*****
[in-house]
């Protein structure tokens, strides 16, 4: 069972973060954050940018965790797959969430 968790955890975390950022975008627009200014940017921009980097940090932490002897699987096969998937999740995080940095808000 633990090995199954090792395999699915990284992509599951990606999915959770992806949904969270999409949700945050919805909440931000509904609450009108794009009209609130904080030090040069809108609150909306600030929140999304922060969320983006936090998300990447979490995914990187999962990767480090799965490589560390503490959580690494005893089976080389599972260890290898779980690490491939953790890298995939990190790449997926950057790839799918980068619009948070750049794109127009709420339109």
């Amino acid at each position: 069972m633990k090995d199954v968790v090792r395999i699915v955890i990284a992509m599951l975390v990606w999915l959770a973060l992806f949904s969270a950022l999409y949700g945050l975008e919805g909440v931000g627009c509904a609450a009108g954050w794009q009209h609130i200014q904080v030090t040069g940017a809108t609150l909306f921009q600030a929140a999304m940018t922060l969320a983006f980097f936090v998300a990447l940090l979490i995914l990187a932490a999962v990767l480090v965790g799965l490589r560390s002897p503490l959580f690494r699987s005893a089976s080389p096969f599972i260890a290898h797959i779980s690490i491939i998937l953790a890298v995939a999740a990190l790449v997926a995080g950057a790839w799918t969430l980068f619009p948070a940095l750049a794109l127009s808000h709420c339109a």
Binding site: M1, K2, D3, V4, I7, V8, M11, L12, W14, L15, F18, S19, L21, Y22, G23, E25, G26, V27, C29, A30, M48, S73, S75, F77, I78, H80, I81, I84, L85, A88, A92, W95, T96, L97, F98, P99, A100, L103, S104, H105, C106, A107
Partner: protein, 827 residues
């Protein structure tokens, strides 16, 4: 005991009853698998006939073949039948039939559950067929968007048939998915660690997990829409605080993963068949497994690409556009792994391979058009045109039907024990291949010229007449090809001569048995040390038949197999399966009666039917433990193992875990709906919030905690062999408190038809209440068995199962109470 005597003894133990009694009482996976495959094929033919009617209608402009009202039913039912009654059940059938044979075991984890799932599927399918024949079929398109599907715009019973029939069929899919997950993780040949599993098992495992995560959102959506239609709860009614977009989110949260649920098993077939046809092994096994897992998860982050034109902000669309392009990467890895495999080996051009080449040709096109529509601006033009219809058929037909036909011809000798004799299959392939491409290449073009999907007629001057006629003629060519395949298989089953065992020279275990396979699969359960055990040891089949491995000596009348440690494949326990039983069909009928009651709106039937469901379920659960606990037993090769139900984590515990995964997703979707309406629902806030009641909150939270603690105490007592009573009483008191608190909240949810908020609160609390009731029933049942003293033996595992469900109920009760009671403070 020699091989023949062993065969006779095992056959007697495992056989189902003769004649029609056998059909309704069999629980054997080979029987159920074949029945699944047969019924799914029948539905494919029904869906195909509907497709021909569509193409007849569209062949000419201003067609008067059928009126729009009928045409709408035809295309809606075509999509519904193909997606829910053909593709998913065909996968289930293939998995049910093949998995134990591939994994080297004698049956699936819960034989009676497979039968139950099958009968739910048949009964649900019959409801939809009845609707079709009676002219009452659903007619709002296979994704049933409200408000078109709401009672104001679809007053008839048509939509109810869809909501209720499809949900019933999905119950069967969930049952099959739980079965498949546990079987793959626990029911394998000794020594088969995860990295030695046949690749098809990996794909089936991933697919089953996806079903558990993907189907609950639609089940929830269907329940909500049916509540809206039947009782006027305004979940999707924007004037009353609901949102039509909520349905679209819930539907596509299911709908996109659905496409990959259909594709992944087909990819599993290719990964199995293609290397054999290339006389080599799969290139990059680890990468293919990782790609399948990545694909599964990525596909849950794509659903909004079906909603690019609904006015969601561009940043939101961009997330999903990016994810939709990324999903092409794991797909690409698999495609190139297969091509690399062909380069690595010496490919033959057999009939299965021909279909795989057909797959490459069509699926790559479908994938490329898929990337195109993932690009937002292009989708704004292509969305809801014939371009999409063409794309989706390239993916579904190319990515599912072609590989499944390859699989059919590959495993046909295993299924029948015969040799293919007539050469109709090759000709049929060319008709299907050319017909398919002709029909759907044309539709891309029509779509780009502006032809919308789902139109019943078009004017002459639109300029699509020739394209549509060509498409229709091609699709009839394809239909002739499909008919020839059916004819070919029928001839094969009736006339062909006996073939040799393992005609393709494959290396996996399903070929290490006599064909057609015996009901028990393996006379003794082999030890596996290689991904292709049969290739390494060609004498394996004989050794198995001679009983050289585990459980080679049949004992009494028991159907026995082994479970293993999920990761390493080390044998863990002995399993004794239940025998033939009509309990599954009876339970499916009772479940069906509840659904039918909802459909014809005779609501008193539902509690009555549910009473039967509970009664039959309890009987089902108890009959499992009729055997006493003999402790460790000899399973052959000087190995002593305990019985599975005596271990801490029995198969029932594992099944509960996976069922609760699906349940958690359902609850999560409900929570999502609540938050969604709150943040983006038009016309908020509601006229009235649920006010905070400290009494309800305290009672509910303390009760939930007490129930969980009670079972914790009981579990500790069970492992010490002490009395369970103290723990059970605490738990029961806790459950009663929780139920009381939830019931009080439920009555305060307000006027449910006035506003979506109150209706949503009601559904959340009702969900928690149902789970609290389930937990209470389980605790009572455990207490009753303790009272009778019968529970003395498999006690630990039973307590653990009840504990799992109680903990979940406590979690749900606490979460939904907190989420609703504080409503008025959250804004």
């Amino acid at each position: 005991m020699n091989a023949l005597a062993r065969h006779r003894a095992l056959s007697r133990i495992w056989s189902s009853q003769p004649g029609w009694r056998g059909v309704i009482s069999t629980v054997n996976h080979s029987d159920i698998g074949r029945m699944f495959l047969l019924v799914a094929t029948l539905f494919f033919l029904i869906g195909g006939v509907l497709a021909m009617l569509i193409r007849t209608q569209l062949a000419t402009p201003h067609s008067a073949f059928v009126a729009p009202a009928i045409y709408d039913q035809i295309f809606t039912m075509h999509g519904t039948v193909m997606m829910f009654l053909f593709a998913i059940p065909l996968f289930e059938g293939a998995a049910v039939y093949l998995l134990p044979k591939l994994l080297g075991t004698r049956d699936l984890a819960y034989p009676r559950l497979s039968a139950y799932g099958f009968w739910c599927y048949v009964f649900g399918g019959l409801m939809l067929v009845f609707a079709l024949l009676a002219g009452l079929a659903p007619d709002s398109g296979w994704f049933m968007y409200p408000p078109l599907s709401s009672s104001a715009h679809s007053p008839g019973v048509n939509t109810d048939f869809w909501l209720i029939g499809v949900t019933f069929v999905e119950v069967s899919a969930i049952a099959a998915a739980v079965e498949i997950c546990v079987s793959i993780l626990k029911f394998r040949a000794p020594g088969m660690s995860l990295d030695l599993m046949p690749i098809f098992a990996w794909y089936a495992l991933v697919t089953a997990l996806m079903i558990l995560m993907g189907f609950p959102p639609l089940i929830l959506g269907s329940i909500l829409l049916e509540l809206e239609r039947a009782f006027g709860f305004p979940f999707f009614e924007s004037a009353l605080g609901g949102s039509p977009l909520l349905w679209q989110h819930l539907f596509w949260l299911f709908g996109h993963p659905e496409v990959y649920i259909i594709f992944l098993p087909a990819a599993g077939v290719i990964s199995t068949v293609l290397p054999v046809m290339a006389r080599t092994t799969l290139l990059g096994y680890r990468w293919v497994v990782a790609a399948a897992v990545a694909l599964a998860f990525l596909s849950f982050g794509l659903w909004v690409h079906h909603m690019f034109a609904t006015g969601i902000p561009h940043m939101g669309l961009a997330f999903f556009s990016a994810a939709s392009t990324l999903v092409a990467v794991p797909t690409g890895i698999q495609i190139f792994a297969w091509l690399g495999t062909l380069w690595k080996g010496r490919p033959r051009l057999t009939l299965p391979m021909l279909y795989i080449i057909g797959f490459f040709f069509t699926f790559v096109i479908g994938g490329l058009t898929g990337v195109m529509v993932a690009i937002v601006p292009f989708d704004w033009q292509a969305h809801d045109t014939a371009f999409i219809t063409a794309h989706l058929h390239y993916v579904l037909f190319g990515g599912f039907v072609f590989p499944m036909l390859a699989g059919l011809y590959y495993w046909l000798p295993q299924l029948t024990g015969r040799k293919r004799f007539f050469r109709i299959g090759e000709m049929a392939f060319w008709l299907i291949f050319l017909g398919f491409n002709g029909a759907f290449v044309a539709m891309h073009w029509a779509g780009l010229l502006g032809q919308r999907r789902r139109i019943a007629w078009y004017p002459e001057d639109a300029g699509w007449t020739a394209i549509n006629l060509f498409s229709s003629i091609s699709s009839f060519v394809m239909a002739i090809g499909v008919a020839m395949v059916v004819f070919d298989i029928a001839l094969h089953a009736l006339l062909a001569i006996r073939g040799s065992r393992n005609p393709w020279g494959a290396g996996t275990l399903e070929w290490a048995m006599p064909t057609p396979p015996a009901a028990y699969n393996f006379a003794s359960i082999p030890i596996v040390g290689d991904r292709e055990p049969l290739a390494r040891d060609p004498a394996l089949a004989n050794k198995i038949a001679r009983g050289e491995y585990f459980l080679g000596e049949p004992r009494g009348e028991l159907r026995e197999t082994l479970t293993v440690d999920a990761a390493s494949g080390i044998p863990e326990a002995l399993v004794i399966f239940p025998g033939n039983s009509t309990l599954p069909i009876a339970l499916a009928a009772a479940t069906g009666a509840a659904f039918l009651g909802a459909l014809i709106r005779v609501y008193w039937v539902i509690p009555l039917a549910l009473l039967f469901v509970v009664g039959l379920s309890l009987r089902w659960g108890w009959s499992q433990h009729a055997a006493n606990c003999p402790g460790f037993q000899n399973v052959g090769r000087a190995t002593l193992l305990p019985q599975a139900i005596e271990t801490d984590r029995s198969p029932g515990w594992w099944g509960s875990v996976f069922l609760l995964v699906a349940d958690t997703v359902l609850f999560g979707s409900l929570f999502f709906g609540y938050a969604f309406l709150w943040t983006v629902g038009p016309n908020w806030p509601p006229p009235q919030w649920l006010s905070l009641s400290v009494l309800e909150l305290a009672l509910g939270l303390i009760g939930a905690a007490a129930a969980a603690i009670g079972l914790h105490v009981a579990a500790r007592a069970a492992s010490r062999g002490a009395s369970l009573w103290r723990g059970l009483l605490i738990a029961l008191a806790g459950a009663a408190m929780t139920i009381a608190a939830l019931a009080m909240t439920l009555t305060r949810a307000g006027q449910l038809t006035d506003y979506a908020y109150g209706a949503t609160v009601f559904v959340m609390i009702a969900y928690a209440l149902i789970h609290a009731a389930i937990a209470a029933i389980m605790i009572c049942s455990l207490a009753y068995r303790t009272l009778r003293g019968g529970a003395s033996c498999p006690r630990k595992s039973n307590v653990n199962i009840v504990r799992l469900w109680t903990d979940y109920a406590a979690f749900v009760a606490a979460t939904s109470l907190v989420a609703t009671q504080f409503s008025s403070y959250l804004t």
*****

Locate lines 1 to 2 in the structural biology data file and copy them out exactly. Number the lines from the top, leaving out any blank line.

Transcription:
[in-house]
């Protein structure tokens, strides 16, 4: 069972973060954050940018965790797959969430 968790955890975390950022975008627009200014940017921009980097940090932490002897699987096969998937999740995080940095808000 633990090995199954090792395999699915990284992509599951990606999915959770992806949904969270999409949700945050919805909440931000509904609450009108794009009209609130904080030090040069809108609150909306600030929140999304922060969320983006936090998300990447979490995914990187999962990767480090799965490589560390503490959580690494005893089976080389599972260890290898779980690490491939953790890298995939990190790449997926950057790839799918980068619009948070750049794109127009709420339109």